Los Angeles City Council Votes to Send “Unarmed Response” Teams to 911 Calls Instead of Police Officers

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The Los Angeles City Council voted unanimously – by a count of 14-0 – to create a pilot program to send “unarmed response” teams to nonviolent calls. Those calls are currently fielded by the Los Angeles Police Department.

The vote was hailed by the Council’s president Nury Martinez, who said “Today marks a seminal moment in our City’s history in our efforts to reimagine public safety.”

“Through this unarmed response pilot for non-violent calls, we will help Angelenos get the mental health and other support services they need from trained professionals. We will also free up police officers to do the work they are trained to do.”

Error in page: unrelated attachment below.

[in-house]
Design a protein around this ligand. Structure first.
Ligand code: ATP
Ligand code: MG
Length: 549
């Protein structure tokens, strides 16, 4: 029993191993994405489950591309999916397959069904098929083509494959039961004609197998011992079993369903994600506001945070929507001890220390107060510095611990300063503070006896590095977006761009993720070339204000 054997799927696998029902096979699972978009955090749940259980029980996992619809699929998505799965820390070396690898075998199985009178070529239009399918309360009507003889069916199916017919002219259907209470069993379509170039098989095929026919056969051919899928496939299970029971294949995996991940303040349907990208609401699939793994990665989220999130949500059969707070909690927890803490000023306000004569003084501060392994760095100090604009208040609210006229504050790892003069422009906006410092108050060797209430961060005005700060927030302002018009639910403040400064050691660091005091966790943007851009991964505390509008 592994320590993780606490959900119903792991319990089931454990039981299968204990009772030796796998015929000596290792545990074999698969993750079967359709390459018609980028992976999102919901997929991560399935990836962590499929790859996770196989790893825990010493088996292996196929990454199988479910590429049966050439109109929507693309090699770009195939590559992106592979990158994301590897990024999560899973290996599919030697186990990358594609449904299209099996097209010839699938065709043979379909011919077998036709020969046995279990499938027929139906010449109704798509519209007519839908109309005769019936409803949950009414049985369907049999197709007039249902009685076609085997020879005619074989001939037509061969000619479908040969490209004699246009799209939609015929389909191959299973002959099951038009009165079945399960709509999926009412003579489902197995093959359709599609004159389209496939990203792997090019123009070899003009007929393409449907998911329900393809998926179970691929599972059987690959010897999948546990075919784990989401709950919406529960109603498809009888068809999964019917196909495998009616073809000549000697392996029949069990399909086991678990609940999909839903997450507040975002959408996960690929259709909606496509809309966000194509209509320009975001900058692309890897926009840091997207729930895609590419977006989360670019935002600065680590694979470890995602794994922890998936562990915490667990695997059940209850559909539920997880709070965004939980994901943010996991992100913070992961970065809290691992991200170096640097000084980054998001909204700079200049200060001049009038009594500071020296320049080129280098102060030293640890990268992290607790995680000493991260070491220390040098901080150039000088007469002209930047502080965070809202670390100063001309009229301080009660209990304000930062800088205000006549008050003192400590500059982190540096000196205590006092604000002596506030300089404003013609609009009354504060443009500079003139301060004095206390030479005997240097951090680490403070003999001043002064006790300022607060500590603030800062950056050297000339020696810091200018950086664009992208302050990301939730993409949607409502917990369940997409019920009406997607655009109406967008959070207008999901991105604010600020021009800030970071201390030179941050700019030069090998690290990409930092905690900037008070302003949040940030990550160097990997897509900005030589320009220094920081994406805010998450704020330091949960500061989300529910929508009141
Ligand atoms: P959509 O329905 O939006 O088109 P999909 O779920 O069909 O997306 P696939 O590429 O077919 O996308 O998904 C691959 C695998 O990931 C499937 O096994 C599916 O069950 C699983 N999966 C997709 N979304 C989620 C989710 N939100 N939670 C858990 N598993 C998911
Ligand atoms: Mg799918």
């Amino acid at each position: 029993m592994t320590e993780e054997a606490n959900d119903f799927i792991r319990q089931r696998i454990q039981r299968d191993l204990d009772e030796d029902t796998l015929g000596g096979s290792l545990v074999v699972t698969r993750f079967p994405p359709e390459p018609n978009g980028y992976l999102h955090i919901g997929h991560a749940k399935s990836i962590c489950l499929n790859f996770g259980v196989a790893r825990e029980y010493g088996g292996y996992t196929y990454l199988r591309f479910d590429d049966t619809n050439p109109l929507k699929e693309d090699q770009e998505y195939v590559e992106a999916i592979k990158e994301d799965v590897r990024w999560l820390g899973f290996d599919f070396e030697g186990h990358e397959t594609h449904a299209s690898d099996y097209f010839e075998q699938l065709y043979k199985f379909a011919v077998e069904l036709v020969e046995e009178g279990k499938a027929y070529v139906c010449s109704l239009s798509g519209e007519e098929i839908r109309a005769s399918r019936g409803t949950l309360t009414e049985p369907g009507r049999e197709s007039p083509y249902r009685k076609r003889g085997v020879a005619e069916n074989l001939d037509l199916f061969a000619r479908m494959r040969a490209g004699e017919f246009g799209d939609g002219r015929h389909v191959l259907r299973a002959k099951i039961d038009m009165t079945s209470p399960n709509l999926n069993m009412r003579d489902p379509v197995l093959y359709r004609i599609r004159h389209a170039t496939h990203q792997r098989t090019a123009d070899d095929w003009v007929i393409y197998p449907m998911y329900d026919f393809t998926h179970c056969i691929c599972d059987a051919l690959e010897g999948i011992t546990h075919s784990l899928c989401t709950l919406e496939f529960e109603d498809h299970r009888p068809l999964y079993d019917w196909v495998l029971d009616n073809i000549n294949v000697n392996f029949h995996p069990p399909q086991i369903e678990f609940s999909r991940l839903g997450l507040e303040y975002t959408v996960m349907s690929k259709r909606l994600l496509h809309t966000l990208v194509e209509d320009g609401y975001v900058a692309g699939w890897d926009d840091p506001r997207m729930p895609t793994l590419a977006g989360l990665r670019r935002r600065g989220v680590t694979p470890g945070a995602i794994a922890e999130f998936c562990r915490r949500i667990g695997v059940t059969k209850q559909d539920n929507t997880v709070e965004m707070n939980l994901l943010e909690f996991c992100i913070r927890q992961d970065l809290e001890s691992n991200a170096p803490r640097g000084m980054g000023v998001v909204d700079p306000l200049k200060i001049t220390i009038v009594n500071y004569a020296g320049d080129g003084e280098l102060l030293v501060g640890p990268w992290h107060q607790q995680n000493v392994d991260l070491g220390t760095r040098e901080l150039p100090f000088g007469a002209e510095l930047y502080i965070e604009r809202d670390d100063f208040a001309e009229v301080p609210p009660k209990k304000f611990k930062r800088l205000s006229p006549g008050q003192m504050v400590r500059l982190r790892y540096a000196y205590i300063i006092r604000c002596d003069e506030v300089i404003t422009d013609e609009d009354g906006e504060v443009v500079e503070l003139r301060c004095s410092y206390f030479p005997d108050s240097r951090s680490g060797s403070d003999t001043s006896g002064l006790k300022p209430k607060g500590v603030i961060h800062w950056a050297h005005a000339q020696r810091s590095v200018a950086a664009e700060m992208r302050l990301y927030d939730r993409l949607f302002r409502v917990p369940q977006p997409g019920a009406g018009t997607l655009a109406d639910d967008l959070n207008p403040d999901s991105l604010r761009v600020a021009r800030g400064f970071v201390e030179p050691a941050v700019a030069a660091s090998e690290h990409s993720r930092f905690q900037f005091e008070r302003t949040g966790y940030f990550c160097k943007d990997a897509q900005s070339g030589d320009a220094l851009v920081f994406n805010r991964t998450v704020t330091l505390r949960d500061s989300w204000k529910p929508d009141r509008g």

“Ultimately, this will also allow us to provide our Black and Brown communities with the resources they deserve,” she added.

Now that the program has been enacted the council said it will issue a proposal “for a non-profit partner to implement a pilot program, and in addition seek recommendations from relevant departments on creating a new classification of city employees that would be responsible for responding to nonviolent calls for service that are currently handled by police officers.”

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